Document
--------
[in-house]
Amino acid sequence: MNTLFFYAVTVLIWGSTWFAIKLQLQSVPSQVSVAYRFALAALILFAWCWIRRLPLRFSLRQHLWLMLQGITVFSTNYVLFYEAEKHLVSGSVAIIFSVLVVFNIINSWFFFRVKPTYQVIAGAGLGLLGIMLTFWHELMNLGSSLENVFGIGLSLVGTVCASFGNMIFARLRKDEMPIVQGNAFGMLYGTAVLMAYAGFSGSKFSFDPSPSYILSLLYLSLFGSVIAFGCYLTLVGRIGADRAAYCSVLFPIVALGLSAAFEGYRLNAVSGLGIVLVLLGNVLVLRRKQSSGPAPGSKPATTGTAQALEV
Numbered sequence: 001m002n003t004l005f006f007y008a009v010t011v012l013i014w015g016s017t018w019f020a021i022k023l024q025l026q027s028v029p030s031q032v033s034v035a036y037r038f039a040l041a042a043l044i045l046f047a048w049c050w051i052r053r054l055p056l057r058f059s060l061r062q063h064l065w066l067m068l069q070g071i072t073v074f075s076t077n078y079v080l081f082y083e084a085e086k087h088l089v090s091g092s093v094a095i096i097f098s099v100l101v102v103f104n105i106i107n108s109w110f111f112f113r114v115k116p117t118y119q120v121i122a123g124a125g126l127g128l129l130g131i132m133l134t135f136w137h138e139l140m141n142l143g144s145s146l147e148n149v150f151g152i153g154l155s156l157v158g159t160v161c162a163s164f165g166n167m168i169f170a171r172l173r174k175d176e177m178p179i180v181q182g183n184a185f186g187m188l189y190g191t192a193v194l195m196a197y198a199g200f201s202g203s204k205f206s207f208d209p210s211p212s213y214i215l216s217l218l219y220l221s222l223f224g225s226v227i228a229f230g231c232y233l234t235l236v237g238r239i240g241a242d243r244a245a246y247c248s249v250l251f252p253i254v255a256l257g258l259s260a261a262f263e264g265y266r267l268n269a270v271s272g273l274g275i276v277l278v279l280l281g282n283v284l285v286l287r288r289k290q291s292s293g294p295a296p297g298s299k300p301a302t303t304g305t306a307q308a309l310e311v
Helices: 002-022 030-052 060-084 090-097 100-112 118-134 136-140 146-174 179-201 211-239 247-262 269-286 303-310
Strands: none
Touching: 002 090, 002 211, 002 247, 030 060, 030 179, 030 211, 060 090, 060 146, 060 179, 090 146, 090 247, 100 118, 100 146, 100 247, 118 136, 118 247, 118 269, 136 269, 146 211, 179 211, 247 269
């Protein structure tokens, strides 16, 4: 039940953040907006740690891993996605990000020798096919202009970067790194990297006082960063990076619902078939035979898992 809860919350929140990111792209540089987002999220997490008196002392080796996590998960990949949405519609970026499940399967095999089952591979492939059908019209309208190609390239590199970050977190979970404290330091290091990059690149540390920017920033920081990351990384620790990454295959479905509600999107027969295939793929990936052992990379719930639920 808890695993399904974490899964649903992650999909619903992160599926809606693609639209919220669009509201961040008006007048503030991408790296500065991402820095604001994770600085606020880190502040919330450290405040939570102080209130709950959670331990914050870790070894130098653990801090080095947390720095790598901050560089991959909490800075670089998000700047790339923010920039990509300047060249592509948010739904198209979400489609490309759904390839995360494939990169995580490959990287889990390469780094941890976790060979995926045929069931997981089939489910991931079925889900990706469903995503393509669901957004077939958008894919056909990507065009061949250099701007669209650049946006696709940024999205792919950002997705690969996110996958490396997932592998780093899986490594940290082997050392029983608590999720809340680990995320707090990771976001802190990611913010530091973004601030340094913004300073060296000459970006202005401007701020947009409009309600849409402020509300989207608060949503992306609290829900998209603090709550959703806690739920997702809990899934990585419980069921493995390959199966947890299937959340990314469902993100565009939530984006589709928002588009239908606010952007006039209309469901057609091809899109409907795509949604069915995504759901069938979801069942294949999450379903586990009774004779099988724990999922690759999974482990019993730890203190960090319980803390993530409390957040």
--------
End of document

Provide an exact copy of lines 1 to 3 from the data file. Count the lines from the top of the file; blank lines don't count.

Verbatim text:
[in-house]
Amino acid sequence: MNTLFFYAVTVLIWGSTWFAIKLQLQSVPSQVSVAYRFALAALILFAWCWIRRLPLRFSLRQHLWLMLQGITVFSTNYVLFYEAEKHLVSGSVAIIFSVLVVFNIINSWFFFRVKPTYQVIAGAGLGLLGIMLTFWHELMNLGSSLENVFGIGLSLVGTVCASFGNMIFARLRKDEMPIVQGNAFGMLYGTAVLMAYAGFSGSKFSFDPSPSYILSLLYLSLFGSVIAFGCYLTLVGRIGADRAAYCSVLFPIVALGLSAAFEGYRLNAVSGLGIVLVLLGNVLVLRRKQSSGPAPGSKPATTGTAQALEV
Numbered sequence: 001m002n003t004l005f006f007y008a009v010t011v012l013i014w015g016s017t018w019f020a021i022k023l024q025l026q027s028v029p030s031q032v033s034v035a036y037r038f039a040l041a042a043l044i045l046f047a048w049c050w051i052r053r054l055p056l057r058f059s060l061r062q063h064l065w066l067m068l069q070g071i072t073v074f075s076t077n078y079v080l081f082y083e084a085e086k087h088l089v090s091g092s093v094a095i096i097f098s099v100l101v102v103f104n105i106i107n108s109w110f111f112f113r114v115k116p117t118y119q120v121i122a123g124a125g126l127g128l129l130g131i132m133l134t135f136w137h138e139l140m141n142l143g144s145s146l147e148n149v150f151g152i153g154l155s156l157v158g159t160v161c162a163s164f165g166n167m168i169f170a171r172l173r174k175d176e177m178p179i180v181q182g183n184a185f186g187m188l189y190g191t192a193v194l195m196a197y198a199g200f201s202g203s204k205f206s207f208d209p210s211p212s213y214i215l216s217l218l219y220l221s222l223f224g225s226v227i228a229f230g231c232y233l234t235l236v237g238r239i240g241a242d243r244a245a246y247c248s249v250l251f252p253i254v255a256l257g258l259s260a261a262f263e264g265y266r267l268n269a270v271s272g273l274g275i276v277l278v279l280l281g282n283v284l285v286l287r288r289k290q291s292s293g294p295a296p297g298s299k300p301a302t303t304g305t306a307q308a309l310e311v